Nonfiction Monday: Lincoln and Douglass – An American Friendship
Does it feel like your Lincoln section is getting a bit crowded? This year hasnâ€™t helped matters. 2009 is the 200th anniversary of the manâ€™s birth and any time you look under your stovepipe hat (what – you donâ€™t have one?), you find a new childrenâ€™s book about Honest Abe. â€œLincoln and Douglass: An American Friendshipâ€ examines the man through his relationship with African American leader Frederick Douglass. The focus on the connections between the two men and their shared vision of ending slavery, â€œLincoln and Douglass: An American Friendshipâ€ earns a right to be on that crowded shelf.
The story begins on the night of Lincolnâ€™s re-election celebration. Abe is looking for Douglass, whom he invited. Before they find each other, the story flashes back to the youth of both men. The narrator compares and contrasts their struggles and humble upbringings. When Lincoln was elected to the House of Reps, he met Douglass and a friendship developed. Both hated slavery. Eventually Lincoln is elected president and civil war breaks out. Flash back to the celebration, and Lincoln is finally united with his friend and they step outside to talk. While times are difficult, both men are hopeful for the future. A time line in the back helps clarify what happened when.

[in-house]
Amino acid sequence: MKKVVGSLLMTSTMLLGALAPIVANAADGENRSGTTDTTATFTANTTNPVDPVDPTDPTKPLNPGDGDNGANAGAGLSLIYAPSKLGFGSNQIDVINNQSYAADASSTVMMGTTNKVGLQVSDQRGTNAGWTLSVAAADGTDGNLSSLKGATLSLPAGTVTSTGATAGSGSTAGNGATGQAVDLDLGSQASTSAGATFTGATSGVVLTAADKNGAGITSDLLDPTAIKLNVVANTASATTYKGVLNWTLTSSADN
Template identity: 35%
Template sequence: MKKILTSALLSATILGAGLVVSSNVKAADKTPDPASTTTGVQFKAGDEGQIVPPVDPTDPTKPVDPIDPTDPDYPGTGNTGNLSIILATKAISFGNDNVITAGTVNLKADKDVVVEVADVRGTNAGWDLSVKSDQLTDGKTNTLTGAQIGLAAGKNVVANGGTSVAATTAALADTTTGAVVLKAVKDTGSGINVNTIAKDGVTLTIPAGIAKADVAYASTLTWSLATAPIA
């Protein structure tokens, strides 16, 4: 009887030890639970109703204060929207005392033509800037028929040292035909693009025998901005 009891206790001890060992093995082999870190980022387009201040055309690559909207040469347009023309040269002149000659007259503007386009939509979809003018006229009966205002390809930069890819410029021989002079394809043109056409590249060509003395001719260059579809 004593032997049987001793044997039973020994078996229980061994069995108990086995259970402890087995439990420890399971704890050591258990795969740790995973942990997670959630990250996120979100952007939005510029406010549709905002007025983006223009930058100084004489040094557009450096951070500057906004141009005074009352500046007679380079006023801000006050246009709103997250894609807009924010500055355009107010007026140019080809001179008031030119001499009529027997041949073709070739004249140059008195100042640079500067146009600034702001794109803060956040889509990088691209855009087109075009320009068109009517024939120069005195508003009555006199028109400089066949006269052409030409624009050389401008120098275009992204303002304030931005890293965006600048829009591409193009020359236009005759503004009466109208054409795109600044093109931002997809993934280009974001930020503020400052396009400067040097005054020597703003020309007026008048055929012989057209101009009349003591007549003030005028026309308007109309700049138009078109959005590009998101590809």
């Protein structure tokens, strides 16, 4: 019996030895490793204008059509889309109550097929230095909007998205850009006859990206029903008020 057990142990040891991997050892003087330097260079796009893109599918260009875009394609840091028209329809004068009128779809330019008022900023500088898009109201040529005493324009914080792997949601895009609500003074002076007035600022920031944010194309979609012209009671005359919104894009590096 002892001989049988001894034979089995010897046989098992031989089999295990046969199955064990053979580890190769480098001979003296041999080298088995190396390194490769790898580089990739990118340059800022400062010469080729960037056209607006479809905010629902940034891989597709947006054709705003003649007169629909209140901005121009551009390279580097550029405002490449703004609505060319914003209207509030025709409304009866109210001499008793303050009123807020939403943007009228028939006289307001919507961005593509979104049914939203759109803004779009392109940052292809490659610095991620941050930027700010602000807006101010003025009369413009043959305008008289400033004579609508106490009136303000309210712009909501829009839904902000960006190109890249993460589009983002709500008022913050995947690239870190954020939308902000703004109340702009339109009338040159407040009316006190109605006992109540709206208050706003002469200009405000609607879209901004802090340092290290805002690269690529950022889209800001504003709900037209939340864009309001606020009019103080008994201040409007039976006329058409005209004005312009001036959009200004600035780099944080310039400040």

Finely illustrated in paper cut collage by Bryan Collier, the visuals of â€œLincoln and Douglassâ€ reflect the serious subject matter. Natural tones and slightly skewed perspectives abound.
With the recent surge in Lincoln titles, you may already have your fill. Try to make room. â€œLincoln and Douglass: An American Friendshipâ€ is a solid addition to the mix.
Check out the Nonfiction Monday roundup atÂ Picture Book of the Day.
Find this book at your local library with WorldCat.
Listen to author Nikki Giovanni read from and discuss “Lincoln and Douglass” at Authors On Tour Live.
About Travis Jonker
Travis Jonker is an elementary school librarian in Michigan. He writes reviews (and the occasional article or two) for School Library Journal and is a member of the 2014 Caldecott committee. You can email Travis at firstname.lastname@example.org, or follow him on Twitter: @100scopenotes.
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